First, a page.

Figure 3. System flows and loads
System flows and loads
Table 2. Removal efficiency of MBR, NF and the combination of both processes
Dairy effluent MBR permeatea NF permeatea Global system efficiency

a Values in parentheses correspond to the removal efficiencies of MBR and NF
TN Total nitrogen
TS Total solids

COD (mg/L)327434 (99%)4 (88%)100%
Color (Hu)216335 (98%)15 (58%)99%
TS (mg/L)33661783 (47%)233 (87%)93%
Alkalinity (mg/L)6411167 (−82%)166 (86%)74%
TN (mg/L)11512 (89%)7 (40%)94%
Sodium (mg/L)606600 (1%)69 (89%)89%
Table 3. Standards for coiling and boiler water and values obtained for the NF permeate
Parameter NF permeate Cooling water Steam generation: < 10 bar Steam generation: 10 to 50 bar

TDS − Total Dissolved Solids
+ Accepted as received as long as other standards are met

TDS (mg/L)233500700500
Alkalinity (mg/L)166350350100
pH8.996.9 to 9.07.0 to 10.008.2 to 10.00
COD (mg/L)4.0755.05.0
Calcium (mg/L)0.4450+0.40
Magnesium (mg/L)0.0410.5+0.25
Copper (mg/L)0.04+0.50.05
Zinc (mg/L)<0.1++0.01
Iron (mg/L)

6. Economic feasibility of reuse of treated wastewater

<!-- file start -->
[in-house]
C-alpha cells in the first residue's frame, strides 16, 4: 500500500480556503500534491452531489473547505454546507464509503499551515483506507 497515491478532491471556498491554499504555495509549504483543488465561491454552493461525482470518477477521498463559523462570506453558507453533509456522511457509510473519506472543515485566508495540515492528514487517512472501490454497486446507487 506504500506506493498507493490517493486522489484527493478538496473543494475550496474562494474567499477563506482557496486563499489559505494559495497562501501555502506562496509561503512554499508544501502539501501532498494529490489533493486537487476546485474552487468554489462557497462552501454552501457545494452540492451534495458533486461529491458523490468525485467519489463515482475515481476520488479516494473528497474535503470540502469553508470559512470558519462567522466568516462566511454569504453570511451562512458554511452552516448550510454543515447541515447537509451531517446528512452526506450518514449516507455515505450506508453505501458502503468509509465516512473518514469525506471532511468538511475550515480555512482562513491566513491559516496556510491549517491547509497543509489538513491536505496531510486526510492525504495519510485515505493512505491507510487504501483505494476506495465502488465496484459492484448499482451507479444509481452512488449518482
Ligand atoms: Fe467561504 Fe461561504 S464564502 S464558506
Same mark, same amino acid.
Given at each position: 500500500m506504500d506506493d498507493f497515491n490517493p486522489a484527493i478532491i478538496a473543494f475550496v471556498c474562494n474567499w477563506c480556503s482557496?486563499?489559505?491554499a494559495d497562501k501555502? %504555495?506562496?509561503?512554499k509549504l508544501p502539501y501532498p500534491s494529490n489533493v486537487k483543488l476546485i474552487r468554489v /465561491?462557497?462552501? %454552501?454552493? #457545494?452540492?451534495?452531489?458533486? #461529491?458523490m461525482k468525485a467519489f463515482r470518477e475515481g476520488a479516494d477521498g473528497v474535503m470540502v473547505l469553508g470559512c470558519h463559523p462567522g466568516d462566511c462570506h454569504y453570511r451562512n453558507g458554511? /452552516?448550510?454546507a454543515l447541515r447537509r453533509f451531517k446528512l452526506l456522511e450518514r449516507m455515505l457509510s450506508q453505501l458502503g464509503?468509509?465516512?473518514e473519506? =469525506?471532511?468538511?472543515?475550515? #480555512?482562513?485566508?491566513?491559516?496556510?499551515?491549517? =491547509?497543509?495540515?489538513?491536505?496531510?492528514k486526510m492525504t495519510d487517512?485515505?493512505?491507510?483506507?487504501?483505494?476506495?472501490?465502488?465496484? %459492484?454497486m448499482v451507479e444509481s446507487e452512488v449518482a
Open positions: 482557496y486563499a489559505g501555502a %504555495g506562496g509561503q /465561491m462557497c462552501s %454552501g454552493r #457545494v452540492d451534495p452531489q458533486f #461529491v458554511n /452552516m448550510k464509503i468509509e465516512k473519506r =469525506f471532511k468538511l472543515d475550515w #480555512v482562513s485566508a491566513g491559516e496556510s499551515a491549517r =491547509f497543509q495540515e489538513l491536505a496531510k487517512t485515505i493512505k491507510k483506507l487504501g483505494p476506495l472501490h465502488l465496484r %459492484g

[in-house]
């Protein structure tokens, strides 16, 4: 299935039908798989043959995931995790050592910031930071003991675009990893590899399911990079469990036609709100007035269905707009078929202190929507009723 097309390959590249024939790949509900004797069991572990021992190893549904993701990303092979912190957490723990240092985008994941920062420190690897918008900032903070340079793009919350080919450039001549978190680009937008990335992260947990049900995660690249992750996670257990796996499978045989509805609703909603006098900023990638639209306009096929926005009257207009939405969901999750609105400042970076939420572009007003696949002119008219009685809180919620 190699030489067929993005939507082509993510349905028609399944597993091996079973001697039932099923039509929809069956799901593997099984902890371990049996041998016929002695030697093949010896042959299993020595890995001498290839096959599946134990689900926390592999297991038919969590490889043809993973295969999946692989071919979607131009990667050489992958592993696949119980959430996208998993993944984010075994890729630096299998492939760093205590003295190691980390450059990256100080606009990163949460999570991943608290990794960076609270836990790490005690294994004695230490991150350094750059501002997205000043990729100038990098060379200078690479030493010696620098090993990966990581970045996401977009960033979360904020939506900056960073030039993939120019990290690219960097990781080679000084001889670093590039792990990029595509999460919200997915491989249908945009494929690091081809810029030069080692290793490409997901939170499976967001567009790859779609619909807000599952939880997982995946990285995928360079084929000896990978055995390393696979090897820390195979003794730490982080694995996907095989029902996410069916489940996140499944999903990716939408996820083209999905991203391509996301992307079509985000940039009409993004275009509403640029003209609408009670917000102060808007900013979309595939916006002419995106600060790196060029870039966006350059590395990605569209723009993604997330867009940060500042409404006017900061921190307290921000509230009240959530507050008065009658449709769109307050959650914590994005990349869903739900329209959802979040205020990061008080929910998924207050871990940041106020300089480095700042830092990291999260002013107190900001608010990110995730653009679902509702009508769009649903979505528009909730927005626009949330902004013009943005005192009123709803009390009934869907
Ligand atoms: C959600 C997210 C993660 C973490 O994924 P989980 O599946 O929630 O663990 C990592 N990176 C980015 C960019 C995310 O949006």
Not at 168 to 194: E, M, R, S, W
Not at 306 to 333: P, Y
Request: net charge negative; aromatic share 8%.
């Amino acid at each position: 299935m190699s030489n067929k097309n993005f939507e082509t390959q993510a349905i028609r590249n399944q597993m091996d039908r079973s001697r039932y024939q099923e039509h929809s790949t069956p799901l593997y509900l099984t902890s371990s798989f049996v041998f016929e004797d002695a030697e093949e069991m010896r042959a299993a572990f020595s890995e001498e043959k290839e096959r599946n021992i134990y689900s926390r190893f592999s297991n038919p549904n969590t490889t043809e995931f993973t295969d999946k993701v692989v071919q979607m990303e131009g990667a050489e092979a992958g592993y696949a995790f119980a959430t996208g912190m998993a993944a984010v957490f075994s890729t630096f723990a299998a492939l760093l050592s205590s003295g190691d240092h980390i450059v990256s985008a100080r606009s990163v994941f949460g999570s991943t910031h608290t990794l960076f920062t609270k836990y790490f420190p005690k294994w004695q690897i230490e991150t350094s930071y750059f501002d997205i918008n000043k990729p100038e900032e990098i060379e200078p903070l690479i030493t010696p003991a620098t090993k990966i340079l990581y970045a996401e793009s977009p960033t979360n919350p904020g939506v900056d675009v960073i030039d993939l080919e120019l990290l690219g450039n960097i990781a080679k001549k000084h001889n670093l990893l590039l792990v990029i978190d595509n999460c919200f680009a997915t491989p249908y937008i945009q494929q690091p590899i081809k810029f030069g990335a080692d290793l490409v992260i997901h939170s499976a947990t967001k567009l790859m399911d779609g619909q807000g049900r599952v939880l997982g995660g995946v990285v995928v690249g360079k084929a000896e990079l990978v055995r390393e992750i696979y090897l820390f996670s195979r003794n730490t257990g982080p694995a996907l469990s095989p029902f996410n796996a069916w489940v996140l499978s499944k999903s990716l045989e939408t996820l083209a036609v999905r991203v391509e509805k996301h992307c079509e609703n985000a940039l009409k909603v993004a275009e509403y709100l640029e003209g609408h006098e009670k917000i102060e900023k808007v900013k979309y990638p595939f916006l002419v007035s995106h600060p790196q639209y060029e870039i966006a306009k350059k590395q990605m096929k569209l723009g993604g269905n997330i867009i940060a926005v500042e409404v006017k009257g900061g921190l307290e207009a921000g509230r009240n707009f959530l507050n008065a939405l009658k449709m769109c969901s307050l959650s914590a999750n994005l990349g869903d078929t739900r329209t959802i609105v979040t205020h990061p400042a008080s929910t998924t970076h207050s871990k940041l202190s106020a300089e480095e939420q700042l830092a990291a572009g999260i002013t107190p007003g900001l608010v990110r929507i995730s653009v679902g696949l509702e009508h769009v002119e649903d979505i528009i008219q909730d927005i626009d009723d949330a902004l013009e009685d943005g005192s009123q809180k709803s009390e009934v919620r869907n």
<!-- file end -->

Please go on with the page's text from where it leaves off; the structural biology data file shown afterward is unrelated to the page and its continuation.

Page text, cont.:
Operational costs with respect to membrane replacement become significantly less after a membrane life greater than four years (Figure 4). This is also reflected in the cost of the treated wastewater (Table 4). The proportion of the cost from membrane replacement decreases to around 4% for a membrane life of seven years. The greatest contribution to the cost is that of energy, at around 70% for a membrane life of seven years.

Figure 4. Annual operating costs against membrane life
Figure 4. Annual operating costs against membrane life
Annual operating costs against membrane life
Table 4. Price of treated wastewater (R$/m3) in total and for each expense
Lifespan of membrane modules (MF and NF) 1 year 2 years 3 years 4 years 5 years 6 years 7 years
Cost (R$/m3 of treated wastewater):
Initial investment0.910.910.910.910.910.910.91

Figure 5 shows the values of NPV for the implementation and operation of the MBR and NF wastewater reuse system as a function of the opportunity cost (the minimum return expected by the investor) and the lifespan of the membrane modules.

Figure 5. NPV vs opportunity cost for a membrane life of 1−7 years